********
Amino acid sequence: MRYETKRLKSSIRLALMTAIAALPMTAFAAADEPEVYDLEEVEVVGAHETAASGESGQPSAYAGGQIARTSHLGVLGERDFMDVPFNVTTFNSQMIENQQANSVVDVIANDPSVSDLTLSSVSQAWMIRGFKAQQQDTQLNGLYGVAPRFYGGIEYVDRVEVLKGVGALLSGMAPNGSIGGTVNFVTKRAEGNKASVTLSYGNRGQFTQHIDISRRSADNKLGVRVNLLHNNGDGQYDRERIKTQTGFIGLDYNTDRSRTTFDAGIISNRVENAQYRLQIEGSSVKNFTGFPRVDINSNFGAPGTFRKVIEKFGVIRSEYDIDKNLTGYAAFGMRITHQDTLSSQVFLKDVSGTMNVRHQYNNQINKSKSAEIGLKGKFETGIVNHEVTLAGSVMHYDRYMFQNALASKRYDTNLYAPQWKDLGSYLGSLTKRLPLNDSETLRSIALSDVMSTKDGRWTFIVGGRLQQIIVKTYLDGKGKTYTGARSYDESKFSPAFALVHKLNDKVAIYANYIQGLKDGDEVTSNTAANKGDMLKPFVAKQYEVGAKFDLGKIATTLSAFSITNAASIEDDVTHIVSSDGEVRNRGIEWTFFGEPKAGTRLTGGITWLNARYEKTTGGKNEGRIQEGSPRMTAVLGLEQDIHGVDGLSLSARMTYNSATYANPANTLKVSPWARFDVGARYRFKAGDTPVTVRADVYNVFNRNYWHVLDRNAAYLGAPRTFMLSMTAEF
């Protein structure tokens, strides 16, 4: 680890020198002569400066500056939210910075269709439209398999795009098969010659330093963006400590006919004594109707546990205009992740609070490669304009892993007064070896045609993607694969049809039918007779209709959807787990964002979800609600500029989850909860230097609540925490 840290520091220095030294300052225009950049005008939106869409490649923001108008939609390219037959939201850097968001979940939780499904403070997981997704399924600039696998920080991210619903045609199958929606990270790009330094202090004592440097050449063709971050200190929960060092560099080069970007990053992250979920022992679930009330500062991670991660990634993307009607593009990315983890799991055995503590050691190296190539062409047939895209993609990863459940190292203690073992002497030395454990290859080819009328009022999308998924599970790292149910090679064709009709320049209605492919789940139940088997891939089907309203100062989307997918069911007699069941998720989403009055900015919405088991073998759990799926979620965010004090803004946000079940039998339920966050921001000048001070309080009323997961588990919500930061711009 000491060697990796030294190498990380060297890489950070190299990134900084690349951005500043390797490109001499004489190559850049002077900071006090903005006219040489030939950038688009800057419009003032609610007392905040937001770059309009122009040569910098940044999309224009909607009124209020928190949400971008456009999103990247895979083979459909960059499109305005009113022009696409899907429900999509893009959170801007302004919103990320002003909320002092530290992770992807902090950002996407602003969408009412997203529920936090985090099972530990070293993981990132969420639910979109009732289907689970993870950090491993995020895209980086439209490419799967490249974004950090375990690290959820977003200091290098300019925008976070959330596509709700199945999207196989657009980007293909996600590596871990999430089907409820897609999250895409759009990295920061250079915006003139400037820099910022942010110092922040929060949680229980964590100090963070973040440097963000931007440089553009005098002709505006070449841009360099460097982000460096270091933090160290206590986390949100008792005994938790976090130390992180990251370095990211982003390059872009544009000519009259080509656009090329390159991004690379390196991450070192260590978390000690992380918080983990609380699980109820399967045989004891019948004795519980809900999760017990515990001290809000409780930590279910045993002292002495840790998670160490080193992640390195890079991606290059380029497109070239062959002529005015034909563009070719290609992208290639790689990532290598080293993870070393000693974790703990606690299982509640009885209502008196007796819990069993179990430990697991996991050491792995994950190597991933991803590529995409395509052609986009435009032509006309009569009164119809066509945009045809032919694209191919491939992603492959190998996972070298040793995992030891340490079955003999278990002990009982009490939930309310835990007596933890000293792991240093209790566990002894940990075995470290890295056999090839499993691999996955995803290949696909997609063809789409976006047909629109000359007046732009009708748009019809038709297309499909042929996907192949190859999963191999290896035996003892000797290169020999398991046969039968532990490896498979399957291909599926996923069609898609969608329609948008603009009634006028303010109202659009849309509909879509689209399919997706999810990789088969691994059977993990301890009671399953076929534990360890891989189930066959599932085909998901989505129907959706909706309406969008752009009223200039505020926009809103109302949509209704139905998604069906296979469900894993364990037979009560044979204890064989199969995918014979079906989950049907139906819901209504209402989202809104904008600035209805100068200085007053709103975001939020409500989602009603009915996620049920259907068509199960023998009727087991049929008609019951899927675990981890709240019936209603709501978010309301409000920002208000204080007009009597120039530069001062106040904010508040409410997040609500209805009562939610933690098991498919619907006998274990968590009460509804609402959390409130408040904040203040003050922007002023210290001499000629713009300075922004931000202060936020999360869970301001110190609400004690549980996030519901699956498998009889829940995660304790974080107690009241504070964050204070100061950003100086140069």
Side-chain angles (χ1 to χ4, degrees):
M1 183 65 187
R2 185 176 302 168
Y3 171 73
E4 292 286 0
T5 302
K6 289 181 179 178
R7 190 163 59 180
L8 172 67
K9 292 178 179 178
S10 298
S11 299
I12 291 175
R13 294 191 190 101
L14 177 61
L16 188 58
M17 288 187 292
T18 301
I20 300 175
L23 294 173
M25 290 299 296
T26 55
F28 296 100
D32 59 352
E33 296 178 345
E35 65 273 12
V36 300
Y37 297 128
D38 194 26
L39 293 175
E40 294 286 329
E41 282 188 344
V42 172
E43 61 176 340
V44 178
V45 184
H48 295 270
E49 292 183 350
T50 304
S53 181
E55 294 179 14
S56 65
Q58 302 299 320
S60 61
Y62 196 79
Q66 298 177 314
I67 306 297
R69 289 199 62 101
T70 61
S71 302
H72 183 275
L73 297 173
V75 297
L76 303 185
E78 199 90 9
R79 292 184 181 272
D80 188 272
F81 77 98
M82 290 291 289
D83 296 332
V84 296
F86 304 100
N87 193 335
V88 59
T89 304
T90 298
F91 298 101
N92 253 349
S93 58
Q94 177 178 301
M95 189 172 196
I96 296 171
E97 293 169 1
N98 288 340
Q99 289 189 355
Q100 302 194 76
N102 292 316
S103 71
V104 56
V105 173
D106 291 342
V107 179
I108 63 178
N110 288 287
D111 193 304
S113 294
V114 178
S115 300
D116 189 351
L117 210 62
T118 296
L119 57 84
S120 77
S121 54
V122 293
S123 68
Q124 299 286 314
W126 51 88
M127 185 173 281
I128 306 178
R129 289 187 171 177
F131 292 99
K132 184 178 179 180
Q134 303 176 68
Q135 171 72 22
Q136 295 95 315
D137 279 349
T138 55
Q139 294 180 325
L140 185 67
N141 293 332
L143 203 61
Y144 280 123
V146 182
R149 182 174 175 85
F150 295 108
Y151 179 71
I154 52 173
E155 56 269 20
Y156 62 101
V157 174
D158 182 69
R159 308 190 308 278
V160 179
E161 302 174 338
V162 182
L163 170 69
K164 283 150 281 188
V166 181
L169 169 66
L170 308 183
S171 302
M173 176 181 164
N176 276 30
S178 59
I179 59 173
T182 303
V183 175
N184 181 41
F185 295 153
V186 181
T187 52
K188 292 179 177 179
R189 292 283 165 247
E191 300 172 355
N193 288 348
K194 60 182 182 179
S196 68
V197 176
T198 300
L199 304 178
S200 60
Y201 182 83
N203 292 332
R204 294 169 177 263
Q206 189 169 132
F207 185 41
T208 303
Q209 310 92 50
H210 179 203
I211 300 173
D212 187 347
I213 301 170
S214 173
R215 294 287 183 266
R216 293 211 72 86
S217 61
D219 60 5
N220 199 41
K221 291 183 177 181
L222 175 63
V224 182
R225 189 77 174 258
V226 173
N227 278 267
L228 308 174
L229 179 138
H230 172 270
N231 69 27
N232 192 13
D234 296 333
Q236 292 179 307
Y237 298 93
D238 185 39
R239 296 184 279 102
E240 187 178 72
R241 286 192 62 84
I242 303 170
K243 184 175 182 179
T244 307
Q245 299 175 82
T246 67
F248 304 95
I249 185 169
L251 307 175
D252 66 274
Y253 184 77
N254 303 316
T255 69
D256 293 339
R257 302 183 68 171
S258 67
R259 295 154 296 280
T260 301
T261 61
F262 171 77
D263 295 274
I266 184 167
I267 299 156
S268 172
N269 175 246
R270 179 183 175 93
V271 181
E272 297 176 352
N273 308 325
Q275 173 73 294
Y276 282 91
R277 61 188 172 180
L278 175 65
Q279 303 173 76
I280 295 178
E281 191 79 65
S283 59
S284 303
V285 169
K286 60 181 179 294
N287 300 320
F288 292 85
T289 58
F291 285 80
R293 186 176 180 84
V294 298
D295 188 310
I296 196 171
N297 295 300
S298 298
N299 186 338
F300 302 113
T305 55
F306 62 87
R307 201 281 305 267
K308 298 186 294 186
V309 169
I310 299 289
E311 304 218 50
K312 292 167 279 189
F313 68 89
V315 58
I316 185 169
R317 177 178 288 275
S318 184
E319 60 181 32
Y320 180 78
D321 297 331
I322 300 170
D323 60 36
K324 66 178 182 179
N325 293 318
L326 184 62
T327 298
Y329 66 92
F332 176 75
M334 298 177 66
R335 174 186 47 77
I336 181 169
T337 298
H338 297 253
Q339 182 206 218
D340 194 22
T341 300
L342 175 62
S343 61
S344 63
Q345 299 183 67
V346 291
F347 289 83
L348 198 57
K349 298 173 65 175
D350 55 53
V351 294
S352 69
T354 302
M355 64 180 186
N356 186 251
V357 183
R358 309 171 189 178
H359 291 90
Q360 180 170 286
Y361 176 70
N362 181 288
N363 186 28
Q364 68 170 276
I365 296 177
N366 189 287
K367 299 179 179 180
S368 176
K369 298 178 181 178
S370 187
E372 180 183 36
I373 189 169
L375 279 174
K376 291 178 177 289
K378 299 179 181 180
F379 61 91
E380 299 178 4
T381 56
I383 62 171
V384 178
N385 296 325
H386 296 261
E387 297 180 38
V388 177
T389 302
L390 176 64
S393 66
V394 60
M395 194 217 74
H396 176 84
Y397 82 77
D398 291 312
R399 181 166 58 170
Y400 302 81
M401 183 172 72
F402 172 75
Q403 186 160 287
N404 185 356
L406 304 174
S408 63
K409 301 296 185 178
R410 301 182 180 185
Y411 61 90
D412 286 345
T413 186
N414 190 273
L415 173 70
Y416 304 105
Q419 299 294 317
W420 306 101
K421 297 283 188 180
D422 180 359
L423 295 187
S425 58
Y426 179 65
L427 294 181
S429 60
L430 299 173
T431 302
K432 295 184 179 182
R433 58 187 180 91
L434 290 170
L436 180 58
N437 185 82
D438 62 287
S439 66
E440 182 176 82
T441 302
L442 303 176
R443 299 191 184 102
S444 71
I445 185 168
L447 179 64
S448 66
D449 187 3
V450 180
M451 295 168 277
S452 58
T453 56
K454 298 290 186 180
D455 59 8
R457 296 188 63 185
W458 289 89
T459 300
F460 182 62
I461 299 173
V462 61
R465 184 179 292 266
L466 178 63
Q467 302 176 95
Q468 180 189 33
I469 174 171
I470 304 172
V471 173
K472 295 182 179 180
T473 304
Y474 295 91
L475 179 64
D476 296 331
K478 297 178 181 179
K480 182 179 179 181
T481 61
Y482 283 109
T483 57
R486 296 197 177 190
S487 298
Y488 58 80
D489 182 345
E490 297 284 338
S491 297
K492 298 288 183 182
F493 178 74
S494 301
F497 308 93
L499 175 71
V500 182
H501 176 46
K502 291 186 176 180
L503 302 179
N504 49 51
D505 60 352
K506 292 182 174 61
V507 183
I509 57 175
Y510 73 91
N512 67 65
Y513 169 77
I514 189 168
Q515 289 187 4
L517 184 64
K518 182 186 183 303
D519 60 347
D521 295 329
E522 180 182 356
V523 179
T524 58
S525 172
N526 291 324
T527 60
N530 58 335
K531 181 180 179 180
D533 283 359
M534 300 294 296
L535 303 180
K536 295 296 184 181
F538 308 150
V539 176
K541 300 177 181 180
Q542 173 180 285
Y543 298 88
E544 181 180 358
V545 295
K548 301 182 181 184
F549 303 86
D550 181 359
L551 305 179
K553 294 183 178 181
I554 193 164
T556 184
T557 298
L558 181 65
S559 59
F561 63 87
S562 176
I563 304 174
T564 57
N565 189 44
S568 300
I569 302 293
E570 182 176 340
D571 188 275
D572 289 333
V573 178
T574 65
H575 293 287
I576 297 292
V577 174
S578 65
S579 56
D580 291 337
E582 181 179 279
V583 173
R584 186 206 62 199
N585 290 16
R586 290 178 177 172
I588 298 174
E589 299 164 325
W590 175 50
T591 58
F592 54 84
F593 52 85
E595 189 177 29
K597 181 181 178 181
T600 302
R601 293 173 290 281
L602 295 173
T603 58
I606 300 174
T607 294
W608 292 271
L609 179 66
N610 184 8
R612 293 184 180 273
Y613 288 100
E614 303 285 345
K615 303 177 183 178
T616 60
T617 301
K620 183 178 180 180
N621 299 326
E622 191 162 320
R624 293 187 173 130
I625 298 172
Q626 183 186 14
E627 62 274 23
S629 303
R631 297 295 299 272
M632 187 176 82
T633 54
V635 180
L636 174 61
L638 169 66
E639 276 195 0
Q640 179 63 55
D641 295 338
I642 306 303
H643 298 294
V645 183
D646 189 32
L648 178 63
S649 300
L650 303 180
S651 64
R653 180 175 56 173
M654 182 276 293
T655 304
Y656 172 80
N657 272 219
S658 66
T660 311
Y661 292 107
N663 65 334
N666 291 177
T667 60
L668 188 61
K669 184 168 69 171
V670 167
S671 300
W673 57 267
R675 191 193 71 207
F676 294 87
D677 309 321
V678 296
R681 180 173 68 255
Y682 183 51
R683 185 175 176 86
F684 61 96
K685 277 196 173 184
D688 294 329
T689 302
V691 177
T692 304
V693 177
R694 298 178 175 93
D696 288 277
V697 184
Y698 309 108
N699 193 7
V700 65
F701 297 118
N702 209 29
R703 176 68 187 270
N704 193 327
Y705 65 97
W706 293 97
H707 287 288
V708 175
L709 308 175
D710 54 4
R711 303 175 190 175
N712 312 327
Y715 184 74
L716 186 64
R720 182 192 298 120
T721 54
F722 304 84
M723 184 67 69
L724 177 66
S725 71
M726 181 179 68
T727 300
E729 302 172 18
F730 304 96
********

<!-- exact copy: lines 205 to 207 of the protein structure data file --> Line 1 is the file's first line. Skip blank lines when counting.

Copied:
R259 295 154 296 280
T260 301
T261 61